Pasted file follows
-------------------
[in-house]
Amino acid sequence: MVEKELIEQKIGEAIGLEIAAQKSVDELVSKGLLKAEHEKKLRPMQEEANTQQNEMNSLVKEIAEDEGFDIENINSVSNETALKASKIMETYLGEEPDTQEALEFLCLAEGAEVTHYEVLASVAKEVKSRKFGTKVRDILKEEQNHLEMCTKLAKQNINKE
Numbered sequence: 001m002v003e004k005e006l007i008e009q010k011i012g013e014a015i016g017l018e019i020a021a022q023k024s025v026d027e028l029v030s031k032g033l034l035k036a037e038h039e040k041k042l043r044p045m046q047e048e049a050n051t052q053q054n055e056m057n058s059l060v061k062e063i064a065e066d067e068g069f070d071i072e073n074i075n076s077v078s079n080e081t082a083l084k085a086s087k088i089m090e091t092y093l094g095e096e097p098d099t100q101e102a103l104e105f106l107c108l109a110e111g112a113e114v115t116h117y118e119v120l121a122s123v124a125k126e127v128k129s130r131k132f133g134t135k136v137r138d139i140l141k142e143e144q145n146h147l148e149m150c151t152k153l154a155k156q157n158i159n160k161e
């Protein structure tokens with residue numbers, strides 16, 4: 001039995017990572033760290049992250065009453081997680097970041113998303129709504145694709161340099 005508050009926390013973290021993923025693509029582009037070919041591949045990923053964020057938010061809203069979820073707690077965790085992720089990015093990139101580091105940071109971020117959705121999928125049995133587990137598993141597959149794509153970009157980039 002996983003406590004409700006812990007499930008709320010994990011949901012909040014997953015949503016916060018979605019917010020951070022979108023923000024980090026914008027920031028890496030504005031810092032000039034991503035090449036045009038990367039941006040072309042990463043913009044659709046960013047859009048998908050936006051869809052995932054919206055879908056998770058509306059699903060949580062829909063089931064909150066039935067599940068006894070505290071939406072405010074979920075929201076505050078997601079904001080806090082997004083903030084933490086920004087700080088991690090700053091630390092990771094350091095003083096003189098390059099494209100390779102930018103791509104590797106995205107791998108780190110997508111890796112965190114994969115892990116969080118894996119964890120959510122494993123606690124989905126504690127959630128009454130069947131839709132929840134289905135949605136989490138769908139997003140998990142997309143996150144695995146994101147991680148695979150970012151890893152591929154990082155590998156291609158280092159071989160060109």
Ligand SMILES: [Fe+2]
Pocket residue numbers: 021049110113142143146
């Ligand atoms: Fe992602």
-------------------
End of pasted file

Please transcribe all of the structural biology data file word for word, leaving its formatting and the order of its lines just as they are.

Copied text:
[in-house]
Amino acid sequence: MVEKELIEQKIGEAIGLEIAAQKSVDELVSKGLLKAEHEKKLRPMQEEANTQQNEMNSLVKEIAEDEGFDIENINSVSNETALKASKIMETYLGEEPDTQEALEFLCLAEGAEVTHYEVLASVAKEVKSRKFGTKVRDILKEEQNHLEMCTKLAKQNINKE
Numbered sequence: 001m002v003e004k005e006l007i008e009q010k011i012g013e014a015i016g017l018e019i020a021a022q023k024s025v026d027e028l029v030s031k032g033l034l035k036a037e038h039e040k041k042l043r044p045m046q047e048e049a050n051t052q053q054n055e056m057n058s059l060v061k062e063i064a065e066d067e068g069f070d071i072e073n074i075n076s077v078s079n080e081t082a083l084k085a086s087k088i089m090e091t092y093l094g095e096e097p098d099t100q101e102a103l104e105f106l107c108l109a110e111g112a113e114v115t116h117y118e119v120l121a122s123v124a125k126e127v128k129s130r131k132f133g134t135k136v137r138d139i140l141k142e143e144q145n146h147l148e149m150c151t152k153l154a155k156q157n158i159n160k161e
């Protein structure tokens with residue numbers, strides 16, 4: 001039995017990572033760290049992250065009453081997680097970041113998303129709504145694709161340099 005508050009926390013973290021993923025693509029582009037070919041591949045990923053964020057938010061809203069979820073707690077965790085992720089990015093990139101580091105940071109971020117959705121999928125049995133587990137598993141597959149794509153970009157980039 002996983003406590004409700006812990007499930008709320010994990011949901012909040014997953015949503016916060018979605019917010020951070022979108023923000024980090026914008027920031028890496030504005031810092032000039034991503035090449036045009038990367039941006040072309042990463043913009044659709046960013047859009048998908050936006051869809052995932054919206055879908056998770058509306059699903060949580062829909063089931064909150066039935067599940068006894070505290071939406072405010074979920075929201076505050078997601079904001080806090082997004083903030084933490086920004087700080088991690090700053091630390092990771094350091095003083096003189098390059099494209100390779102930018103791509104590797106995205107791998108780190110997508111890796112965190114994969115892990116969080118894996119964890120959510122494993123606690124989905126504690127959630128009454130069947131839709132929840134289905135949605136989490138769908139997003140998990142997309143996150144695995146994101147991680148695979150970012151890893152591929154990082155590998156291609158280092159071989160060109």
Ligand SMILES: [Fe+2]
Pocket residue numbers: 021049110113142143146
């Ligand atoms: Fe992602």